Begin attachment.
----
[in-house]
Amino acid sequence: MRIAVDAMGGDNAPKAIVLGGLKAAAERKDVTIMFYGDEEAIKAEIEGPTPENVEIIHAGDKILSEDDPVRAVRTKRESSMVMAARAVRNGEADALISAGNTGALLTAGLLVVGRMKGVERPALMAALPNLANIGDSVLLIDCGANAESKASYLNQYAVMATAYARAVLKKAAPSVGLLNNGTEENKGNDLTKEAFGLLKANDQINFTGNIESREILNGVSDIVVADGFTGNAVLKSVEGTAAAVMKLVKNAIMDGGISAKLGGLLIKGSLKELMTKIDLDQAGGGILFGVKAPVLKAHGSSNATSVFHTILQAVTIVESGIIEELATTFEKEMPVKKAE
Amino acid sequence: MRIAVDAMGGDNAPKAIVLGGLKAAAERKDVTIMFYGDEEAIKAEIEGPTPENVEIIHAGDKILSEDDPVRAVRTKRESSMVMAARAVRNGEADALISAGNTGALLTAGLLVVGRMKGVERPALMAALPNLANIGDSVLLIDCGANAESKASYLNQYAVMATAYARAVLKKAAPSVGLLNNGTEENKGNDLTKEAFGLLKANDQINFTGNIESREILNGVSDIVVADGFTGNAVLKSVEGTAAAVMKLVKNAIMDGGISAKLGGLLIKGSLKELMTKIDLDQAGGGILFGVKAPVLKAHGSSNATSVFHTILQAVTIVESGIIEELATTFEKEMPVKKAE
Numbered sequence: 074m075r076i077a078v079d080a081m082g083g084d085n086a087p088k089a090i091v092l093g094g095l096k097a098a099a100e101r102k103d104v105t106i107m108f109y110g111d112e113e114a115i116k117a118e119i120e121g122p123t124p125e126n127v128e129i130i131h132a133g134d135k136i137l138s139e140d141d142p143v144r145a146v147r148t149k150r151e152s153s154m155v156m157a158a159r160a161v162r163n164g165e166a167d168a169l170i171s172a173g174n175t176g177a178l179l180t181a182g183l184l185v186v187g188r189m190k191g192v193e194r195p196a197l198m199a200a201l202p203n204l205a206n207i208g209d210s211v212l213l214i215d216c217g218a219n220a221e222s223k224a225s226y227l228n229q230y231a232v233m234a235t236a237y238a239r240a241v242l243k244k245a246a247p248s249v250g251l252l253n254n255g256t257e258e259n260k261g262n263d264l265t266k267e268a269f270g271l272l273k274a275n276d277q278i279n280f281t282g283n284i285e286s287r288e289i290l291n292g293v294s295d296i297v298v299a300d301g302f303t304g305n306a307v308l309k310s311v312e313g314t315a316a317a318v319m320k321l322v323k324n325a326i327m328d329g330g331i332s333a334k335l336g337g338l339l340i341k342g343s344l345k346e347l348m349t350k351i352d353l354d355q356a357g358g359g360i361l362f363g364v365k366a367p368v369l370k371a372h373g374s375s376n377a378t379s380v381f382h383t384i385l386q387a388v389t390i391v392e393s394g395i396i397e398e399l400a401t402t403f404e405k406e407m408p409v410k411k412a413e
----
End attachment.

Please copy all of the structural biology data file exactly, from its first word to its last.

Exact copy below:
[in-house]
Amino acid sequence: MRIAVDAMGGDNAPKAIVLGGLKAAAERKDVTIMFYGDEEAIKAEIEGPTPENVEIIHAGDKILSEDDPVRAVRTKRESSMVMAARAVRNGEADALISAGNTGALLTAGLLVVGRMKGVERPALMAALPNLANIGDSVLLIDCGANAESKASYLNQYAVMATAYARAVLKKAAPSVGLLNNGTEENKGNDLTKEAFGLLKANDQINFTGNIESREILNGVSDIVVADGFTGNAVLKSVEGTAAAVMKLVKNAIMDGGISAKLGGLLIKGSLKELMTKIDLDQAGGGILFGVKAPVLKAHGSSNATSVFHTILQAVTIVESGIIEELATTFEKEMPVKKAE
Amino acid sequence: MRIAVDAMGGDNAPKAIVLGGLKAAAERKDVTIMFYGDEEAIKAEIEGPTPENVEIIHAGDKILSEDDPVRAVRTKRESSMVMAARAVRNGEADALISAGNTGALLTAGLLVVGRMKGVERPALMAALPNLANIGDSVLLIDCGANAESKASYLNQYAVMATAYARAVLKKAAPSVGLLNNGTEENKGNDLTKEAFGLLKANDQINFTGNIESREILNGVSDIVVADGFTGNAVLKSVEGTAAAVMKLVKNAIMDGGISAKLGGLLIKGSLKELMTKIDLDQAGGGILFGVKAPVLKAHGSSNATSVFHTILQAVTIVESGIIEELATTFEKEMPVKKAE
Numbered sequence: 074m075r076i077a078v079d080a081m082g083g084d085n086a087p088k089a090i091v092l093g094g095l096k097a098a099a100e101r102k103d104v105t106i107m108f109y110g111d112e113e114a115i116k117a118e119i120e121g122p123t124p125e126n127v128e129i130i131h132a133g134d135k136i137l138s139e140d141d142p143v144r145a146v147r148t149k150r151e152s153s154m155v156m157a158a159r160a161v162r163n164g165e166a167d168a169l170i171s172a173g174n175t176g177a178l179l180t181a182g183l184l185v186v187g188r189m190k191g192v193e194r195p196a197l198m199a200a201l202p203n204l205a206n207i208g209d210s211v212l213l214i215d216c217g218a219n220a221e222s223k224a225s226y227l228n229q230y231a232v233m234a235t236a237y238a239r240a241v242l243k244k245a246a247p248s249v250g251l252l253n254n255g256t257e258e259n260k261g262n263d264l265t266k267e268a269f270g271l272l273k274a275n276d277q278i279n280f281t282g283n284i285e286s287r288e289i290l291n292g293v294s295d296i297v298v299a300d301g302f303t304g305n306a307v308l309k310s311v312e313g314t315a316a317a318v319m320k321l322v323k324n325a326i327m328d329g330g331i332s333a334k335l336g337g338l339l340i341k342g343s344l345k346e347l348m349t350k351i352d353l354d355q356a357g358g359g360i361l362f363g364v365k366a367p368v369l370k371a372h373g374s375s376n377a378t379s380v381f382h383t384i385l386q387a388v389t390i391v392e393s394g395i396i397e398e399l400a401t402t403f404e405k406e407m408p409v410k411k412a413e